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VOL. 45 | NO. 4 | Friday, January 22, 2021

U.S. judge blocks release of woman involved in Capitol riot

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NASHVILLE (AP) — A Washington, D.C., judge on Tuesday issued an emergency order preventing the release from custody of a Georgia woman involved in the Jan. 6 riot at the U.S. Capitol.

Lisa Eisenhart is accused of breaking into the Capitol with her son, Eric Munchel of Nashville, who was photographed carrying flexible plastic handcuffs in the Senate chamber.

Both were arrested and are being held in Nashville. In separate hearings, a federal magistrate judge in Nashville had ordered them released to home confinement. Prosecutors opposed the release, and at their request, the judge stayed his order until it could be reviewed by the District of Columbia court.

U.S. District Chief Judge Beryl Howell, of the District of Columbia, blocked Eisenhart's release pending a hearing and ordered her transported to D.C. for further proceedings Tuesday. The judge had issued the same order for Munchel on Sunday.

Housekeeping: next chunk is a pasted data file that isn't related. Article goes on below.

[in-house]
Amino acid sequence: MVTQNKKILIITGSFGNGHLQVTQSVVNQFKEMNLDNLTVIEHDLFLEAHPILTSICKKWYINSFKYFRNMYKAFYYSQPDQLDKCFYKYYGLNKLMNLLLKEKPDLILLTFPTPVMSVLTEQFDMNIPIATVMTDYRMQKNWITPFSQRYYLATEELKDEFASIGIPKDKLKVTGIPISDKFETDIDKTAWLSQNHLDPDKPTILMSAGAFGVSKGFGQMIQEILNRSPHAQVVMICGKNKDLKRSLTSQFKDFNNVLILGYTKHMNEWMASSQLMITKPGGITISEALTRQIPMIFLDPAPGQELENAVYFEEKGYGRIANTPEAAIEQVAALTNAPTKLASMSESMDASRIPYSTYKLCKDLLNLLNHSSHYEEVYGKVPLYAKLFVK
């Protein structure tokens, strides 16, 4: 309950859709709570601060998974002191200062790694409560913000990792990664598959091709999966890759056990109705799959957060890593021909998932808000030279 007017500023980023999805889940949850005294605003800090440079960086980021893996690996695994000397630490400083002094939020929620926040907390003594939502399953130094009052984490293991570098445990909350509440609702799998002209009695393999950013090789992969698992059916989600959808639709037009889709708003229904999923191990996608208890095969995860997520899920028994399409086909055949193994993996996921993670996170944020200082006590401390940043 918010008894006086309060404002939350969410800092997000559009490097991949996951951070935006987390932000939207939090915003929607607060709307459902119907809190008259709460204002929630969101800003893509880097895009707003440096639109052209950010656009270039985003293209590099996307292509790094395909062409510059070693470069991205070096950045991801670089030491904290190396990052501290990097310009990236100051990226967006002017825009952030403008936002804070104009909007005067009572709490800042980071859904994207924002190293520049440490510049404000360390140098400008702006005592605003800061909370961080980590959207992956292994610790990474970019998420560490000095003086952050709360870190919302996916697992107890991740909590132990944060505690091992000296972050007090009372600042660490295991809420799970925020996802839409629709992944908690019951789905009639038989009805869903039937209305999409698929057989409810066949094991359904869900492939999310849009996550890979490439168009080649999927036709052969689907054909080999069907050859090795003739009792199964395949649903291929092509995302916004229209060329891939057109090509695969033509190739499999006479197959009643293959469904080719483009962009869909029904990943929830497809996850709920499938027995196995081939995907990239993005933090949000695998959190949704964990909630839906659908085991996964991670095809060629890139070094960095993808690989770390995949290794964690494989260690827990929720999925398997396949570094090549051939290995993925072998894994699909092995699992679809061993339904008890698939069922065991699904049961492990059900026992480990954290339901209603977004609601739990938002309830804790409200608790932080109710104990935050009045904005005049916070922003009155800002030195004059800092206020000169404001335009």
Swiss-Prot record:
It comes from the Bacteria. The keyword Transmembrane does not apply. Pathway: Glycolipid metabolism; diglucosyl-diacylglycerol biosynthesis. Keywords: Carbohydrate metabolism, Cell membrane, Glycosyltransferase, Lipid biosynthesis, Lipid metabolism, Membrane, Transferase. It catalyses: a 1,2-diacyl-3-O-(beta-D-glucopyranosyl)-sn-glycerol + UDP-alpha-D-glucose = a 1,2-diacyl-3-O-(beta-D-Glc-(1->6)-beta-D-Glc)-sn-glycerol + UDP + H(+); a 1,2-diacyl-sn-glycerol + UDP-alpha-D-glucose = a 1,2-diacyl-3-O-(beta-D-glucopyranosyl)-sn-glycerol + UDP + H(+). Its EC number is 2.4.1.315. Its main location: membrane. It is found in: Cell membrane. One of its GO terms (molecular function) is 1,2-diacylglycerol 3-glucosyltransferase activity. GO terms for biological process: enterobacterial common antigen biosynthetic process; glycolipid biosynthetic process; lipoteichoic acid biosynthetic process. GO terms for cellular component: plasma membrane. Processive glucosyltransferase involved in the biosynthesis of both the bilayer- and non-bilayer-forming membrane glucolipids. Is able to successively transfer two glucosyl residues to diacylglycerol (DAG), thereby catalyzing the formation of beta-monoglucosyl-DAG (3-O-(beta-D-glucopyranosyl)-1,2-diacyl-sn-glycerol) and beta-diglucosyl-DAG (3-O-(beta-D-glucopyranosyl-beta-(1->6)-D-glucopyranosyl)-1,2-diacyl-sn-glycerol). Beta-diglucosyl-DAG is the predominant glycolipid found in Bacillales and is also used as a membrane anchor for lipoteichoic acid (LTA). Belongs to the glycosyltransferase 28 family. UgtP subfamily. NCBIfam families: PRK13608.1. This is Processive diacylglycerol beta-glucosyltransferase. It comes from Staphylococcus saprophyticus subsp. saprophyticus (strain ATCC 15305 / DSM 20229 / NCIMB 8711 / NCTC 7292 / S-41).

In both cases, prosecutors have argued the defendants should remain jailed pending trial because they are a danger to the community and a flight risk.

"The nature and circumstances of the offense involve fear, intimidation, and violence — directed at law enforcement, elected public officials, and the entire country," prosecutors wrote in their request for an emergency stay of Eisenhart's release. "The defendant can make no serious claim that she went to the Capitol on January 6 intending to engage in peaceful protest or civil disobedience."

Prosecutors say the two wore tactical and bulletproof vests in the Capitol and Munchel carried a stun gun. Munchel also recorded their storming of the Capitol, and prosecutors say that video shows the pair stashed weapons in a bag before entering the building. A search of Munchel's home turned up assault rifles, a sniper rifle with a tripod, shotguns, pistols, hundreds of rounds of ammunition and a drum-style magazine.

Both Munchel and Eisenhart are charged with violent entry and disorderly conduct on the Capitol grounds, conspiracy and civil disorder. They could each face up to 20 years if convicted.

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